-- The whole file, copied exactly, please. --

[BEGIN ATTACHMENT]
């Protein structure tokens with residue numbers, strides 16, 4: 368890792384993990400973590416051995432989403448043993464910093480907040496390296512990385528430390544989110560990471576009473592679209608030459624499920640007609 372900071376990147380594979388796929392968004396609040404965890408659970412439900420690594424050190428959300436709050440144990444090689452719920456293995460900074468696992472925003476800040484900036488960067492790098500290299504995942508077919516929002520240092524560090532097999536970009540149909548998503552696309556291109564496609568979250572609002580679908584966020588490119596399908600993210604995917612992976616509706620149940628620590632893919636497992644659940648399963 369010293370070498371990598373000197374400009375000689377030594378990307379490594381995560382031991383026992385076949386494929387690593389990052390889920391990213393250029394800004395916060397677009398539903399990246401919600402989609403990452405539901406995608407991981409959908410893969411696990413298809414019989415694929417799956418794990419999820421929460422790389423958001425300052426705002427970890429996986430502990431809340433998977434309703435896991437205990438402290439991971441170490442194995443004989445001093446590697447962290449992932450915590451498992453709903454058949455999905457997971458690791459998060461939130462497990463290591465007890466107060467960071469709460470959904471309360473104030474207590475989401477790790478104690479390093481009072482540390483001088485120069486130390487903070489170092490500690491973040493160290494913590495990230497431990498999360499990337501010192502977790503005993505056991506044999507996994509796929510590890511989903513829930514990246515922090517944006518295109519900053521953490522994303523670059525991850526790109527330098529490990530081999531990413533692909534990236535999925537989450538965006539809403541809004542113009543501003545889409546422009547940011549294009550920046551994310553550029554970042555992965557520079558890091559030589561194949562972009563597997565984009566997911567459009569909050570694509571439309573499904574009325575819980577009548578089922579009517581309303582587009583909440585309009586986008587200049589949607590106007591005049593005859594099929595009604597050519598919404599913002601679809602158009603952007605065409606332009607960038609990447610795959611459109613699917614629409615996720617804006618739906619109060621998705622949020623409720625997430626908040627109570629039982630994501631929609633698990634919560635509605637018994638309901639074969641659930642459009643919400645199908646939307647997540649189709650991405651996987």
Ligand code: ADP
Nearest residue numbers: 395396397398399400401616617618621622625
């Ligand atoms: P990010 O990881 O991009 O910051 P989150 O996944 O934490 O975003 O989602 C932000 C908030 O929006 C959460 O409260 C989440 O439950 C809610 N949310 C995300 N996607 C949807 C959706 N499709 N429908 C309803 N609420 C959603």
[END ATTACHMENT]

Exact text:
């Protein structure tokens with residue numbers, strides 16, 4: 368890792384993990400973590416051995432989403448043993464910093480907040496390296512990385528430390544989110560990471576009473592679209608030459624499920640007609 372900071376990147380594979388796929392968004396609040404965890408659970412439900420690594424050190428959300436709050440144990444090689452719920456293995460900074468696992472925003476800040484900036488960067492790098500290299504995942508077919516929002520240092524560090532097999536970009540149909548998503552696309556291109564496609568979250572609002580679908584966020588490119596399908600993210604995917612992976616509706620149940628620590632893919636497992644659940648399963 369010293370070498371990598373000197374400009375000689377030594378990307379490594381995560382031991383026992385076949386494929387690593389990052390889920391990213393250029394800004395916060397677009398539903399990246401919600402989609403990452405539901406995608407991981409959908410893969411696990413298809414019989415694929417799956418794990419999820421929460422790389423958001425300052426705002427970890429996986430502990431809340433998977434309703435896991437205990438402290439991971441170490442194995443004989445001093446590697447962290449992932450915590451498992453709903454058949455999905457997971458690791459998060461939130462497990463290591465007890466107060467960071469709460470959904471309360473104030474207590475989401477790790478104690479390093481009072482540390483001088485120069486130390487903070489170092490500690491973040493160290494913590495990230497431990498999360499990337501010192502977790503005993505056991506044999507996994509796929510590890511989903513829930514990246515922090517944006518295109519900053521953490522994303523670059525991850526790109527330098529490990530081999531990413533692909534990236535999925537989450538965006539809403541809004542113009543501003545889409546422009547940011549294009550920046551994310553550029554970042555992965557520079558890091559030589561194949562972009563597997565984009566997911567459009569909050570694509571439309573499904574009325575819980577009548578089922579009517581309303582587009583909440585309009586986008587200049589949607590106007591005049593005859594099929595009604597050519598919404599913002601679809602158009603952007605065409606332009607960038609990447610795959611459109613699917614629409615996720617804006618739906619109060621998705622949020623409720625997430626908040627109570629039982630994501631929609633698990634919560635509605637018994638309901639074969641659930642459009643919400645199908646939307647997540649189709650991405651996987």
Ligand code: ADP
Nearest residue numbers: 395396397398399400401616617618621622625
């Ligand atoms: P990010 O990881 O991009 O910051 P989150 O996944 O934490 O975003 O989602 C932000 C908030 O929006 C959460 O409260 C989440 O439950 C809610 N949310 C995300 N996607 C949807 C959706 N499709 N429908 C309803 N609420 C959603």